Ottawa announced a new pardon system in which the five year wait time and the $631 payment to the parole board are waived, according to a news report by CBC news. Critics say that it doesn’t go far enough and demand full expungement. Some complications remain, though. On August 1st, Federal Justice Minister David Lametti revealed a new online application system. The government’s Bill C-93 speeds up the process for Canadians with criminal records possessing 30g of cannabis or less.
This bill will help to remove barriers to employment, housing, travel, and volunteering for those convicted before legalization on October 17th, 2018. It will be particularly beneficial to minority communities, including black and Indigenous Canadians who were affected disproportionately by the enforcement of past cannabis laws. Lametti did, however, share that anyone who is currently serving a sentence for minor cannabis possession will need to finish their sentence. With that said, to his knowledge there is no such Canadians with this charge and the rule was only put in place to ensure community service obligations.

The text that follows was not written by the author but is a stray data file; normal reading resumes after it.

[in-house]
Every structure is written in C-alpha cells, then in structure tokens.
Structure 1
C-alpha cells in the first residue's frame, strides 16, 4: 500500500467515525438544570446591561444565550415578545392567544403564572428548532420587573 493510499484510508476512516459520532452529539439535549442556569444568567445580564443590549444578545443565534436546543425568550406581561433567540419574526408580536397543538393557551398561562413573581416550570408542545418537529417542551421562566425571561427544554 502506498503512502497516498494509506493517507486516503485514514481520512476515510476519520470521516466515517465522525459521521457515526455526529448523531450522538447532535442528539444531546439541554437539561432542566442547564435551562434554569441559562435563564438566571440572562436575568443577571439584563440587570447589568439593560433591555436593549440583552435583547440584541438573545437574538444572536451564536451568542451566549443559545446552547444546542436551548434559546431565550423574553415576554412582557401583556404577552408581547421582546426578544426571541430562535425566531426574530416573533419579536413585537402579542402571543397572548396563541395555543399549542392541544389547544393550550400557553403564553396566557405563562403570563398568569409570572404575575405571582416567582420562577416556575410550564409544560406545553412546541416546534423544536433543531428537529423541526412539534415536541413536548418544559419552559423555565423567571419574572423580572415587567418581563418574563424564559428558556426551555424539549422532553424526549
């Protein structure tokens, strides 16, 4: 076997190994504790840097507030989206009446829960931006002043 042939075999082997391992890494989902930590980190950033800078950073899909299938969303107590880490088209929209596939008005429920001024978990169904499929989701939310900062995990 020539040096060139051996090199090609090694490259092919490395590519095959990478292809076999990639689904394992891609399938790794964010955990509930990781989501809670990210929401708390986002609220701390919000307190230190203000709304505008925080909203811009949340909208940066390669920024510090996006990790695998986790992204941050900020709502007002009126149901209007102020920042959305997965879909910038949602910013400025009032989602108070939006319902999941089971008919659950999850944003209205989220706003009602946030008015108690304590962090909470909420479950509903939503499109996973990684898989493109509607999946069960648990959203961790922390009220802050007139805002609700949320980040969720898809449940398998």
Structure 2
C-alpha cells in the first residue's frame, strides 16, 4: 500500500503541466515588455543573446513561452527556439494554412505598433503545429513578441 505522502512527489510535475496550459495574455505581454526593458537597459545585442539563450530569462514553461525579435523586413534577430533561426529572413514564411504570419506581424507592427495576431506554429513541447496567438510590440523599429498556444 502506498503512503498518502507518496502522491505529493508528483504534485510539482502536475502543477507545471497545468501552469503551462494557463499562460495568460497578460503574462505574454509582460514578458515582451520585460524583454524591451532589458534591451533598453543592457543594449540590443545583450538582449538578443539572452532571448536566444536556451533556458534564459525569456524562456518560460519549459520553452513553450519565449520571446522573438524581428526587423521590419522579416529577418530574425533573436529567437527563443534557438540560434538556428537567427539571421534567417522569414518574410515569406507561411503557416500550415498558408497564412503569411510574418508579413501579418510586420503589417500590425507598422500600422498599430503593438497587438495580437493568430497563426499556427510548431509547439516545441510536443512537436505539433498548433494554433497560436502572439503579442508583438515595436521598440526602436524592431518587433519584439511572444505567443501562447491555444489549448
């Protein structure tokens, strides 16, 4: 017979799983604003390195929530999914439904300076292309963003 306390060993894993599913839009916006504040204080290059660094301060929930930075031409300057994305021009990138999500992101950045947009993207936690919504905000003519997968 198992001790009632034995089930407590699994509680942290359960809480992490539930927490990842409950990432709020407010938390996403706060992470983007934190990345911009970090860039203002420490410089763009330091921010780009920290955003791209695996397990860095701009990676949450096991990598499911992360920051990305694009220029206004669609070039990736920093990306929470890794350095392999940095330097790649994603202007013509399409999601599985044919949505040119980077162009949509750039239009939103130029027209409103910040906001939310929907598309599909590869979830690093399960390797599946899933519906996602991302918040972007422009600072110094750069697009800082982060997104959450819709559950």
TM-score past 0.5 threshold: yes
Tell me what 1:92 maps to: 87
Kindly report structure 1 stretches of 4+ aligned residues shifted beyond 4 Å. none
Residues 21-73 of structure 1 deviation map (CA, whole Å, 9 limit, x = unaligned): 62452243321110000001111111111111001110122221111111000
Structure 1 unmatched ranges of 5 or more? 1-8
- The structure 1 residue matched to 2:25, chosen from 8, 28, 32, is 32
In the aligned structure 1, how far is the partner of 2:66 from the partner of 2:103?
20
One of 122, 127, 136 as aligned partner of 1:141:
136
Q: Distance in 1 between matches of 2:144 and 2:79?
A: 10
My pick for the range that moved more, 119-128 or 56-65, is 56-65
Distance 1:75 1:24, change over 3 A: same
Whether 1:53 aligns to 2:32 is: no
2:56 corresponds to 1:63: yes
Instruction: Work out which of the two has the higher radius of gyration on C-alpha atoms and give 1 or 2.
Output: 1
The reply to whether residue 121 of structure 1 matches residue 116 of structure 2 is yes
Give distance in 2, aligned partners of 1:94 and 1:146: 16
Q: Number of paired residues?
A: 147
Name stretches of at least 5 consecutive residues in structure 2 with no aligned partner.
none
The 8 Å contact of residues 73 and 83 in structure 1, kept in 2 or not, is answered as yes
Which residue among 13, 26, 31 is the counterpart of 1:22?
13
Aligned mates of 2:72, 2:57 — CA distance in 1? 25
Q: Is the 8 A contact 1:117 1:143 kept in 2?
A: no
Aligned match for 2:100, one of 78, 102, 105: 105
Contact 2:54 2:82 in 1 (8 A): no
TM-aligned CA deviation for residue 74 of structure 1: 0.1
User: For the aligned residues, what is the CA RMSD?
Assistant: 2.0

It is also important to note that travel could still be difficult and that anyone with other charges would not be pardoned for those charges. Further, reportedly, if a cannabis charge is removed, it is sealed but not permanently removed from a criminal record. The information, however, would not be shared with US border officials, but if there is already information in the US-controlled databases, the pardon will not remove these.
In the United States, marijuana is illegal under federal law and is a Schedule I substance.
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